Are automated shutters a necessity? Absolutely not. Like any smart home feature, they’re more of a nice-to-have, but I appreciate the functionality and convenience. I’d purchase them again.
I’ve made these (and many other home upgrades) over years, not all at once. Notice that each of these upgrades stemmed from a problem rather than just because I liked the idea of them. My best tip for you is to focus on what’s causing the most friction first.
Also, remember that home upgrades to improve your work-from-home life don’t have to be as big and expensive as the ones I listed above. Small upgrades can have just as big of an impact.
I recently asked my audience on Twitter what their favorite home upgrades were. They came through with some fantastic answers that ranged from:
- Free tips like moving your desk close to a window for natural light to improve your mood. Bonus, add bird feeders outside of your window for entertainment.
- Adding plants around your home (also check out this great tip from Vic on plant life without the bugs)
- Lots of tips on upgrading your coffee game (though beware, this will make it hard to drink coffee anywhere outside your perfect home setup)
- Changing wifi frequency so you don’t have to compete with apartment neighbors and adding mesh networks so you can work from anywhere in the house (even outside)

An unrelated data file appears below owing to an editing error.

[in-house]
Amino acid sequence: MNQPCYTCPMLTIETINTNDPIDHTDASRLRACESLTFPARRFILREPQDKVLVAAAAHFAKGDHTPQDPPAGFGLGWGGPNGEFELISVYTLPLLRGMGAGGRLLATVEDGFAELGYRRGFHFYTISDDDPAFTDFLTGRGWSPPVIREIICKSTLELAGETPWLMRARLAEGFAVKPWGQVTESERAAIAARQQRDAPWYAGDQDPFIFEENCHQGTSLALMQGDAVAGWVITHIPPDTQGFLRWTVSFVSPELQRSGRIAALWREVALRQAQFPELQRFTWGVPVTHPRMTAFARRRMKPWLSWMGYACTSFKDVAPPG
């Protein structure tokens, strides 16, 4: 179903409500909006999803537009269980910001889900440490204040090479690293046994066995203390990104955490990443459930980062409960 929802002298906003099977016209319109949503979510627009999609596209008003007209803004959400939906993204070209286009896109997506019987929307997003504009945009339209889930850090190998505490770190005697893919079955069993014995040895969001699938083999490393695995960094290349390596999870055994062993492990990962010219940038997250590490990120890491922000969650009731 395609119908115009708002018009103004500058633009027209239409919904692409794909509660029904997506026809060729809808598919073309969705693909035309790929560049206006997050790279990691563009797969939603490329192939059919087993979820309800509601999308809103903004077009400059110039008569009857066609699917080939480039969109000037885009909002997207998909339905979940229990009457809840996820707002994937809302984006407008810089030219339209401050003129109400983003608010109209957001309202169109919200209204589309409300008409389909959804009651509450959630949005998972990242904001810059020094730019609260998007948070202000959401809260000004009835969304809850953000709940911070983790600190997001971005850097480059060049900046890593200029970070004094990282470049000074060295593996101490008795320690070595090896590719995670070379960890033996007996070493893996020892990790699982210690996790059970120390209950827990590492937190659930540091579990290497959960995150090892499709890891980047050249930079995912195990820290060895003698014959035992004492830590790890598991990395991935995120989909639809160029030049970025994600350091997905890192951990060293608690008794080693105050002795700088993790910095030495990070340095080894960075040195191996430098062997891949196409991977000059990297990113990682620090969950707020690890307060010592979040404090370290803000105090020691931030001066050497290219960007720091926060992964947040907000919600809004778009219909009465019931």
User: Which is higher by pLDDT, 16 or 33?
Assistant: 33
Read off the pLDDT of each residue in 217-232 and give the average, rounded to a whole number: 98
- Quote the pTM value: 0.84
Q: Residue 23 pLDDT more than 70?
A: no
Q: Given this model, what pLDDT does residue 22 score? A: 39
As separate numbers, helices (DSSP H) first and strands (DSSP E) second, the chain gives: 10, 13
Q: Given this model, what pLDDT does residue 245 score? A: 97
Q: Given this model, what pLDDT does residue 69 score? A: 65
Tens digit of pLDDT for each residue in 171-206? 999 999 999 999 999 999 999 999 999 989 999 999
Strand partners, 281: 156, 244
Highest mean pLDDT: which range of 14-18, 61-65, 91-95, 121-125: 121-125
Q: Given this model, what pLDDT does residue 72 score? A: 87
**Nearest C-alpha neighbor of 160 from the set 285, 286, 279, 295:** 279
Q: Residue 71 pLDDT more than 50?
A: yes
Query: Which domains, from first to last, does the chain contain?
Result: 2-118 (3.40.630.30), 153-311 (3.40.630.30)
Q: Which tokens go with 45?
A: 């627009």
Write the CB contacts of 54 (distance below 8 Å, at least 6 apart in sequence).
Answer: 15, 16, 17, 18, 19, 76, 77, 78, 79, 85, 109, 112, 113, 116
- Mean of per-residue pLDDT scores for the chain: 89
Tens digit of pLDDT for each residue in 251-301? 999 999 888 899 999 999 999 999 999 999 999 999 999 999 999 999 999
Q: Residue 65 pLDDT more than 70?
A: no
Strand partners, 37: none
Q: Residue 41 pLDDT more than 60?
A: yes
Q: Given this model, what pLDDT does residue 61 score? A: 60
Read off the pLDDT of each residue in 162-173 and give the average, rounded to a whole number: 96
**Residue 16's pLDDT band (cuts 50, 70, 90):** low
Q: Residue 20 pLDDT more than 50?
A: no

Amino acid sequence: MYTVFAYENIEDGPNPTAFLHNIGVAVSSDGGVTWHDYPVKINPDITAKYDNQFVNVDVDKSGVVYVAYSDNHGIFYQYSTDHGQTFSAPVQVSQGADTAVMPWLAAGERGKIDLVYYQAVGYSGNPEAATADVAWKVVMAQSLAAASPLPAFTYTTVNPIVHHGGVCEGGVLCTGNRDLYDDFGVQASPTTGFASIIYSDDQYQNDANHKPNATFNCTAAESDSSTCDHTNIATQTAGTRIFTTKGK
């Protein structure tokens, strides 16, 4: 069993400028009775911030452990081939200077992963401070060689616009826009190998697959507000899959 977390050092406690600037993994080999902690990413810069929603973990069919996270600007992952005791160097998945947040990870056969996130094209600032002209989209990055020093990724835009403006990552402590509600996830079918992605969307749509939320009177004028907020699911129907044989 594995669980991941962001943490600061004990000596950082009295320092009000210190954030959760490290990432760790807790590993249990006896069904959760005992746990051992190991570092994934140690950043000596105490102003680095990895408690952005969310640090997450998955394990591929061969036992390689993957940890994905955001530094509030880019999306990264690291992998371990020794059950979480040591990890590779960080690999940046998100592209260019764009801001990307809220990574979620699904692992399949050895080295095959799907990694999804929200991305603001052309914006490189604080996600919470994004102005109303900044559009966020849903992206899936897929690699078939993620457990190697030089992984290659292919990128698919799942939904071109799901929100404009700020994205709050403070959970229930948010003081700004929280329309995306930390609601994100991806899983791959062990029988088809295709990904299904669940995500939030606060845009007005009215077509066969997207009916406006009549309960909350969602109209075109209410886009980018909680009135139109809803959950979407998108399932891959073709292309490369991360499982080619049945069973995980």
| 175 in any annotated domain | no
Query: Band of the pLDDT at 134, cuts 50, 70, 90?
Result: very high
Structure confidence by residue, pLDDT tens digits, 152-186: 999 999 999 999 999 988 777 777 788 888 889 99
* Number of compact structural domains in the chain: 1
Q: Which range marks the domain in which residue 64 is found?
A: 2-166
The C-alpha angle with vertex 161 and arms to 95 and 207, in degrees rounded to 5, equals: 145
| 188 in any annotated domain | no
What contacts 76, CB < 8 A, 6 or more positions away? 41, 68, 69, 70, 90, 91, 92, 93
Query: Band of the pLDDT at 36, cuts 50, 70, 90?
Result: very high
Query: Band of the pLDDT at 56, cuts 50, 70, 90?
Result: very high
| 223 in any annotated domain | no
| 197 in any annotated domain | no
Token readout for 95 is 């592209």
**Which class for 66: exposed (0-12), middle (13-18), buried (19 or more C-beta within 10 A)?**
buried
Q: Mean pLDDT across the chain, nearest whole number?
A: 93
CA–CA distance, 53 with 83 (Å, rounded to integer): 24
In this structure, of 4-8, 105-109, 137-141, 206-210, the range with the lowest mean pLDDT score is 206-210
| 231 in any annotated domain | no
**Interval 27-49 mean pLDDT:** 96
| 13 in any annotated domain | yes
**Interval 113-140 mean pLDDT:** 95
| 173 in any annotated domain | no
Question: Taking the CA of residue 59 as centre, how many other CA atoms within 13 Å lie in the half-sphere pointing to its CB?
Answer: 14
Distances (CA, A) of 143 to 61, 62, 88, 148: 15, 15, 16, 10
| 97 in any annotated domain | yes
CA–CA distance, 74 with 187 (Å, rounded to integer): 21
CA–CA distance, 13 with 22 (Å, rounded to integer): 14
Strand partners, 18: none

Here are some of my other favorite answers:
Remember, if you're just using the freedom of remote work to change how you work, you're only taking advantage of half the benefits.
People working remotely commonly forget to think beyond their home office setup.
Don’t forget home improvements both big and small can have a significant impact on your work from home experience. Invest accordingly.
Quote of the Week
“Too many people bring the best of themselves to work and bring the leftovers home.”
- Esther Perel
In Other News
Is Remote Work Burning You Out? (with podcast guest Marissa Goldberg)
I recently did a podcast interview for 'Engineering Advice You Didn't Ask For' and thought you might enjoy it. We chatted about everything from whether cameras should be on in Zoom meetings to the advantages of people-first work to how to avoid burnout while working remotely. Check it out!
My Remote work Journey of 25 years
“That is why when I read about companies -with mostly knowledge workers- debating whether to allow their employees to work from home more permanently, and questioning whether value can be created remotely, I tend to ponder the thought and effort those companies have put into making their culture remote-friendly. Is it because they have not yet figured out how to measure their productivity? Then THAT is the real problem they need to fix.”
This Is What Happens When There Are Too Many Meetings
‘We need a deeper theory of work and time. When we say “That meeting should have been an email,” we’re not just saying “My boss wouldn’t stop talking.” We’re also saying “I think the information from that synchronous event would have been more productively shared as an asynchronous communication, so that an hour of necessary work wasn’t shifted later into the workday.”’
In Case You Missed It
Thinking about starting a new series called "Ask a Remote Work Expert" where you share your struggles and questions anonymously. Then I'll share my best advice (with occasional guest experts). Like a Dear Abby for remote work. Would you be interested in this?
April 19th 2022
What did you think of this issue? What do you hope you'll see in the next one? Feel free to reply to this message or DM me on Twitter @mar15sa.
I truly appreciate you taking the time to read this. Hope you have a lovely day!
Founder, Remote Work Prep